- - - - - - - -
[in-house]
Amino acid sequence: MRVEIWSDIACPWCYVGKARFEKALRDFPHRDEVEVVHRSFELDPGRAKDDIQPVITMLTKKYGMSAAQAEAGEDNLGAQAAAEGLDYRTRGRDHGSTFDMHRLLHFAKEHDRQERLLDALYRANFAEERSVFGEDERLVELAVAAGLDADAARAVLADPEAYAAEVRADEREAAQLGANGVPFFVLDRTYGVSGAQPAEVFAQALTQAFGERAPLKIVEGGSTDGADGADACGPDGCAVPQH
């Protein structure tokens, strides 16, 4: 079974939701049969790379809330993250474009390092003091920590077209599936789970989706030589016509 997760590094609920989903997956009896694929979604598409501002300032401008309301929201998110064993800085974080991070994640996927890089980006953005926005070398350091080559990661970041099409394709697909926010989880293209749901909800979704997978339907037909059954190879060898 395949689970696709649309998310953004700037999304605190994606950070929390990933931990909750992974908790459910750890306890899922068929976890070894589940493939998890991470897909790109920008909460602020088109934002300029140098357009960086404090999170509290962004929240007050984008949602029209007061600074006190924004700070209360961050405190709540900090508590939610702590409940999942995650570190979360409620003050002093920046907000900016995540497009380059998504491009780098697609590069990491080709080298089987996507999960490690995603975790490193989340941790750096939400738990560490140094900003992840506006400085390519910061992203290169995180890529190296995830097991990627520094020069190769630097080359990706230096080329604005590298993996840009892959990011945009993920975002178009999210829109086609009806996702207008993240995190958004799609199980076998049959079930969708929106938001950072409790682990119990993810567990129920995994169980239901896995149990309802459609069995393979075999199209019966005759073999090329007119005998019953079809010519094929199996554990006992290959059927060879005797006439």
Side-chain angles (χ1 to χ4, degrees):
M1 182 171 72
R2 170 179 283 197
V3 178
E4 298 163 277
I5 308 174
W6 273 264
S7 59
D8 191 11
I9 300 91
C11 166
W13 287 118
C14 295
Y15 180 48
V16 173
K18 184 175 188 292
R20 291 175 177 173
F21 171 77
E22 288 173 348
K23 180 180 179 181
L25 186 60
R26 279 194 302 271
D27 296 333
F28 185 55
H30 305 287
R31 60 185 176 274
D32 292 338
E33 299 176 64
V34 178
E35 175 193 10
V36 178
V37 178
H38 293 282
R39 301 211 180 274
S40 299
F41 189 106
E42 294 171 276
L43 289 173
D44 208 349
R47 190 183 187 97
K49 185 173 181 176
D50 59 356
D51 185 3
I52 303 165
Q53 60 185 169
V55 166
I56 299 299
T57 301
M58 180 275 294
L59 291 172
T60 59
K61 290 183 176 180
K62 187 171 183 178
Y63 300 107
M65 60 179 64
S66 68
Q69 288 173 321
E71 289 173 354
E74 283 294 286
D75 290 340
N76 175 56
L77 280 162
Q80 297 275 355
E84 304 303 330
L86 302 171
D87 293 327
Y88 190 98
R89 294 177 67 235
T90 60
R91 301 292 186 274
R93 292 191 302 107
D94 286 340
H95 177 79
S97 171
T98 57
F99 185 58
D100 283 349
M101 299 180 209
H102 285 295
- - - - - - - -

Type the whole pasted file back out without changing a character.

[in-house]
Amino acid sequence: MRVEIWSDIACPWCYVGKARFEKALRDFPHRDEVEVVHRSFELDPGRAKDDIQPVITMLTKKYGMSAAQAEAGEDNLGAQAAAEGLDYRTRGRDHGSTFDMHRLLHFAKEHDRQERLLDALYRANFAEERSVFGEDERLVELAVAAGLDADAARAVLADPEAYAAEVRADEREAAQLGANGVPFFVLDRTYGVSGAQPAEVFAQALTQAFGERAPLKIVEGGSTDGADGADACGPDGCAVPQH
């Protein structure tokens, strides 16, 4: 079974939701049969790379809330993250474009390092003091920590077209599936789970989706030589016509 997760590094609920989903997956009896694929979604598409501002300032401008309301929201998110064993800085974080991070994640996927890089980006953005926005070398350091080559990661970041099409394709697909926010989880293209749901909800979704997978339907037909059954190879060898 395949689970696709649309998310953004700037999304605190994606950070929390990933931990909750992974908790459910750890306890899922068929976890070894589940493939998890991470897909790109920008909460602020088109934002300029140098357009960086404090999170509290962004929240007050984008949602029209007061600074006190924004700070209360961050405190709540900090508590939610702590409940999942995650570190979360409620003050002093920046907000900016995540497009380059998504491009780098697609590069990491080709080298089987996507999960490690995603975790490193989340941790750096939400738990560490140094900003992840506006400085390519910061992203290169995180890529190296995830097991990627520094020069190769630097080359990706230096080329604005590298993996840009892959990011945009993920975002178009999210829109086609009806996702207008993240995190958004799609199980076998049959079930969708929106938001950072409790682990119990993810567990129920995994169980239901896995149990309802459609069995393979075999199209019966005759073999090329007119005998019953079809010519094929199996554990006992290959059927060879005797006439």
Side-chain angles (χ1 to χ4, degrees):
M1 182 171 72
R2 170 179 283 197
V3 178
E4 298 163 277
I5 308 174
W6 273 264
S7 59
D8 191 11
I9 300 91
C11 166
W13 287 118
C14 295
Y15 180 48
V16 173
K18 184 175 188 292
R20 291 175 177 173
F21 171 77
E22 288 173 348
K23 180 180 179 181
L25 186 60
R26 279 194 302 271
D27 296 333
F28 185 55
H30 305 287
R31 60 185 176 274
D32 292 338
E33 299 176 64
V34 178
E35 175 193 10
V36 178
V37 178
H38 293 282
R39 301 211 180 274
S40 299
F41 189 106
E42 294 171 276
L43 289 173
D44 208 349
R47 190 183 187 97
K49 185 173 181 176
D50 59 356
D51 185 3
I52 303 165
Q53 60 185 169
V55 166
I56 299 299
T57 301
M58 180 275 294
L59 291 172
T60 59
K61 290 183 176 180
K62 187 171 183 178
Y63 300 107
M65 60 179 64
S66 68
Q69 288 173 321
E71 289 173 354
E74 283 294 286
D75 290 340
N76 175 56
L77 280 162
Q80 297 275 355
E84 304 303 330
L86 302 171
D87 293 327
Y88 190 98
R89 294 177 67 235
T90 60
R91 301 292 186 274
R93 292 191 302 107
D94 286 340
H95 177 79
S97 171
T98 57
F99 185 58
D100 283 349
M101 299 180 209
H102 285 295